About a minute's walk later they stopped outside the house. Kristen could sense a motion triggered light, but that was about it. Not much in the way of security, and for all the house was big, it wasn't any more impressive than the average suburban semi.

~I was expecting something a bit more flashy,~ she noted. ~You sure this guy makes his money as a smuggler?~

Jake ignored the question. ~I make two jumps, one to the kitchen window over there, second jump into the kitchen. Follow me.~

Again he didn't wait. Moments later Kristen jaunted into the kitchen after him to find Jake was already rifling through the fridge and was grinning at something he'd found on the shelf. ~Eggs. Free range organic. Large. Find something to write with. And I need an egg timer if you can see one.~

"He likes them soft boiled?"

"Scrambled. With smoked salmon, and a slice of toast." Jake helped himself eagerly to some bread and eyed the toaster thoughtfully.

They were there for a purpose, and Jake was having altogether too much fun acting like an amateur chef. This was an example of the kind of childish levity Misako found so irritating. Kristen was more pragmatic, she did her best to ignore it, stuck to the task she'd been given.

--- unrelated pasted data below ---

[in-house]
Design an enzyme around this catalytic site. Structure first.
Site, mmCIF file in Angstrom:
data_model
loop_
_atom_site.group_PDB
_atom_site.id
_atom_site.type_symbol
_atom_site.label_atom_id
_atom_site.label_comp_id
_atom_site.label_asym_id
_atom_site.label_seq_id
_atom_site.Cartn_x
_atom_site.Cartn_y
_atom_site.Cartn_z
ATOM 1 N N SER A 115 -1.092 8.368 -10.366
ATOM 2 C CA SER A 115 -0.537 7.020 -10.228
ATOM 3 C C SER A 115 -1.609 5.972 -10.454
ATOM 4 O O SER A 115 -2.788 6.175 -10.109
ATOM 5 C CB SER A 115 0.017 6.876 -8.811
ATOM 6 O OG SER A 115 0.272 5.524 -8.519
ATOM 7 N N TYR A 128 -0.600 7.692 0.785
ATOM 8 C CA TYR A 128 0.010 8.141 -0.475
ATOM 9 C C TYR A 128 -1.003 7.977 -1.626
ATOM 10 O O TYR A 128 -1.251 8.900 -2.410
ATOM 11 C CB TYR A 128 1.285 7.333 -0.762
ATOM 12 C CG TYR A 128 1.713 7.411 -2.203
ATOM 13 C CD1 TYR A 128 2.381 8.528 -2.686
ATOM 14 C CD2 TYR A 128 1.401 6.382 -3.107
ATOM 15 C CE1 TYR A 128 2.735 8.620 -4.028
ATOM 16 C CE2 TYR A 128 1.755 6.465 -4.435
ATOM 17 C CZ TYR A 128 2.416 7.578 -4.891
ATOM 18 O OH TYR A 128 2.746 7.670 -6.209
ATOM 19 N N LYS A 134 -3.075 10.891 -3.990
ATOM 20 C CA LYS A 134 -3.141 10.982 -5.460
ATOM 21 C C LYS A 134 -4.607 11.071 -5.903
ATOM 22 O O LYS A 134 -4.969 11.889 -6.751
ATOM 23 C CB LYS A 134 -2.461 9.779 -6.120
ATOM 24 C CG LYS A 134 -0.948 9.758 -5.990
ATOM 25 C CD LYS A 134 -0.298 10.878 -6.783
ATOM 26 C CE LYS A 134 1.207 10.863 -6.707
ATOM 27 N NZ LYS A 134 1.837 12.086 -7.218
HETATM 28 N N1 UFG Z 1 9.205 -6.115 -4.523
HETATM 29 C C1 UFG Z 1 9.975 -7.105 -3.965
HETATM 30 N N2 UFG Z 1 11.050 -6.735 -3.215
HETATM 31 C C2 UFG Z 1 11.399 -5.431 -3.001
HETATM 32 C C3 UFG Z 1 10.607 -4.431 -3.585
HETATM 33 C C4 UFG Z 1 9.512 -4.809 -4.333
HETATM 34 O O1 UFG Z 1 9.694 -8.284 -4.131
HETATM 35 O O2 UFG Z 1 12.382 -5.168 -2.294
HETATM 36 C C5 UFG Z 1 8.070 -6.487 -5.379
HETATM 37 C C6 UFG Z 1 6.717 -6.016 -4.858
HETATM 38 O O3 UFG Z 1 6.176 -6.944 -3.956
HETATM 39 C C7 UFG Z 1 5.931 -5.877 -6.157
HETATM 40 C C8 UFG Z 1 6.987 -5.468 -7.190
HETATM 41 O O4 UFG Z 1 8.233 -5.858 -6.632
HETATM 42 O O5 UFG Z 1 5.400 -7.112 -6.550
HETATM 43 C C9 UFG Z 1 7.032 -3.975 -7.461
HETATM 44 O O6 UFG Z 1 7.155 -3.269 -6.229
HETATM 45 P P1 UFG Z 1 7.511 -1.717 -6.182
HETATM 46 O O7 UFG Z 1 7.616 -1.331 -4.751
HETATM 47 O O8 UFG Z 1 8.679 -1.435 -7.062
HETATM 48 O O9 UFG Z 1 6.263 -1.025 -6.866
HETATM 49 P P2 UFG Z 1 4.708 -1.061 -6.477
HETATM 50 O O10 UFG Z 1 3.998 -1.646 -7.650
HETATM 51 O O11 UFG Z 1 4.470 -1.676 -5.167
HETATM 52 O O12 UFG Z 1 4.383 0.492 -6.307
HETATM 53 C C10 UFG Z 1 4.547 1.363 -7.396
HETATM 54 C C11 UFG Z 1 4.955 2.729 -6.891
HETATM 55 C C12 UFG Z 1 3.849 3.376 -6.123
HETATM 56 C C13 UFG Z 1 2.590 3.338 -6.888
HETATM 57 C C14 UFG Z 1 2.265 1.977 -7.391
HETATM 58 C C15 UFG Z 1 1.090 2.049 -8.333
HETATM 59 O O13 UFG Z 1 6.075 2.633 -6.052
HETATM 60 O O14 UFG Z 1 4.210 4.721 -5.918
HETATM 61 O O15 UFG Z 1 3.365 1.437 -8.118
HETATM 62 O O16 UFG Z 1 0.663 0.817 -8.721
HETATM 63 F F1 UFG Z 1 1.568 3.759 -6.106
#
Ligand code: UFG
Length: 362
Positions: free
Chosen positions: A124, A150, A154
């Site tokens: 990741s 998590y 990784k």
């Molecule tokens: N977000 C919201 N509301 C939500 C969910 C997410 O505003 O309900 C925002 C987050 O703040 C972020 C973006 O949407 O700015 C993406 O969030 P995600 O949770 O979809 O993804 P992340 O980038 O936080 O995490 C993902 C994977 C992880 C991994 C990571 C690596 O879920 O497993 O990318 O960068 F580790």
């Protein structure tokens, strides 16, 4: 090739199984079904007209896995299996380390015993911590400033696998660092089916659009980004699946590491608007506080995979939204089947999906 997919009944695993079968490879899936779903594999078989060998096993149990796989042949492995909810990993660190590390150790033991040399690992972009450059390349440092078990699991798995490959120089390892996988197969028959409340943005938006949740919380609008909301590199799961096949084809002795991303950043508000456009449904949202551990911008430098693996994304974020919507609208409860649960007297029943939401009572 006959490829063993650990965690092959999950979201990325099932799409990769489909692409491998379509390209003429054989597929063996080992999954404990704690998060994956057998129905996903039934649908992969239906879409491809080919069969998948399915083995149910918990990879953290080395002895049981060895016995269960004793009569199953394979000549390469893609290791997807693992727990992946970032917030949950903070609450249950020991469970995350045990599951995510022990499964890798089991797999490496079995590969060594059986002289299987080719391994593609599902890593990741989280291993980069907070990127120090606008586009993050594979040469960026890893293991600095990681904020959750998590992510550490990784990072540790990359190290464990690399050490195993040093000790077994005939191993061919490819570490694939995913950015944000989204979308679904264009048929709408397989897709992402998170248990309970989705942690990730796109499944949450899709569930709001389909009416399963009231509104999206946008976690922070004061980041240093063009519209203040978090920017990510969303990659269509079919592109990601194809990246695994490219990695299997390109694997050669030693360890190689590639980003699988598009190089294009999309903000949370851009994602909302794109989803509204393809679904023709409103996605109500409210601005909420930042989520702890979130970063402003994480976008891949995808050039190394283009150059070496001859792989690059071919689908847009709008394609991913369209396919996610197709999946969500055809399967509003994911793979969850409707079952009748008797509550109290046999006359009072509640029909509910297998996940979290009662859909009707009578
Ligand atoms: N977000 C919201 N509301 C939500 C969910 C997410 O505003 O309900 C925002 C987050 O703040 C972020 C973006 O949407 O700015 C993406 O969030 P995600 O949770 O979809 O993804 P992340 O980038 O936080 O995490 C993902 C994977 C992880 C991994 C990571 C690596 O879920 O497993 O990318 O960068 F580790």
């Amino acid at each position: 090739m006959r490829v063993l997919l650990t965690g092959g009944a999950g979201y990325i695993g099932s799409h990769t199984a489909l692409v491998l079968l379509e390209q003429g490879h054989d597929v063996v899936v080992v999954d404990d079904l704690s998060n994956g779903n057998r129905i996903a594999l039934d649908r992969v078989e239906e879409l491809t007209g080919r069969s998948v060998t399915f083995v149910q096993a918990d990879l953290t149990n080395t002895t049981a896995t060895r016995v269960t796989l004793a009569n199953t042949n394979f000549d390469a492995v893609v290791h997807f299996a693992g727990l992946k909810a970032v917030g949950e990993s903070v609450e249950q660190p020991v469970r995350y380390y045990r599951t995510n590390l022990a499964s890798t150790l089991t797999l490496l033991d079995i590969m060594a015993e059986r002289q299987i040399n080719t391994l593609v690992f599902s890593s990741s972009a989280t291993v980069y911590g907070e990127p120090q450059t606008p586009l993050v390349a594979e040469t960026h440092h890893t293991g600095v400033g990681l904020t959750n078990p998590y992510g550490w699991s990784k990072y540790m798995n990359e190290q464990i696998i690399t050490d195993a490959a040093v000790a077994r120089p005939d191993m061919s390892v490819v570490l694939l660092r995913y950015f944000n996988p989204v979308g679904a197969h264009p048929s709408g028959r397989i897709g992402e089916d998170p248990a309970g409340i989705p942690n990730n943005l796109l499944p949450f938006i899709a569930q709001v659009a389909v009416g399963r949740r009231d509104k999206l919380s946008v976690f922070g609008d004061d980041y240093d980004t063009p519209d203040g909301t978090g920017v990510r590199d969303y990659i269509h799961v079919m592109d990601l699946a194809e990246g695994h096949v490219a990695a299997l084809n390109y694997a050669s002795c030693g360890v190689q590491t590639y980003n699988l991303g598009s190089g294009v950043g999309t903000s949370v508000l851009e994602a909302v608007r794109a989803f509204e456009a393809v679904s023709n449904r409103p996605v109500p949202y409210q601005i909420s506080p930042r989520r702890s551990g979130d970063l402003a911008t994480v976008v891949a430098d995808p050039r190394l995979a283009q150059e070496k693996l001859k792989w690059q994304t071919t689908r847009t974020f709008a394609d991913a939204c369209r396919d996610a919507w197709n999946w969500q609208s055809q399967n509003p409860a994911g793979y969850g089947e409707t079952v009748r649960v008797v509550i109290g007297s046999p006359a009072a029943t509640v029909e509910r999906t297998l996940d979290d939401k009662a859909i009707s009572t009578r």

Scanning around the room, she immediately spotting what she was looking for, a write on, wipe off message board pinned to the fridge. Kristen scribbled a few words on it and held it up to show Jake.

~You forget to say please. Maliciously nice, remember?~ Jake pointed out as he lit the stove and grabbed a frying pan.

~You're disturbed, Jake. Did I ever tell you that?~ She rubbed off the message board and reworded the ultimatum. ~It's a waste of bloody good scrambled eggs as well, he won't eat them, he'll think we're trying to poison him. How's this?~ she held the board up again.

Jake glanced up and silently nodded his approval. ~Alright, get out, get away from the house, but not back to the car yet. Somewhere out of sight, let me know when you're there. I'll finish fixing breakfast, leave it by his bed, set the egg timer to wake him, and jaunt to you directly."

Kristen hesitated. "You really think this will work?"

"If someone managed to sneak into my bedroom at night to serve me breakfast in bed when I wasn't expecting it, yeah, that would get my attention," Jake admitted. "That would scare the living shit out of me."

Jake and Kristen slipped back into the car. From where they were sat they could just about see the corner of the window of the bedroom Jake had just been sneaking around in.

A light came on.

"Now?" Kath asked.

"Hold off," Jake cautioned. "Let him find Kristen's message first, give him time to check his voicemail."

Jake was anxious. It was really difficult to know how people were going to react when he wasn't there in person to be able to read their minds. Did he have the guy spooked? Had he cooked the scrambled eggs right? The psychological profile he had on Dashiell was fairly comprehensive, but it couldn't tell him all the nuances he needed to be sure. And that was way more uncertainty than Jake was comfortable with; he hated guessing.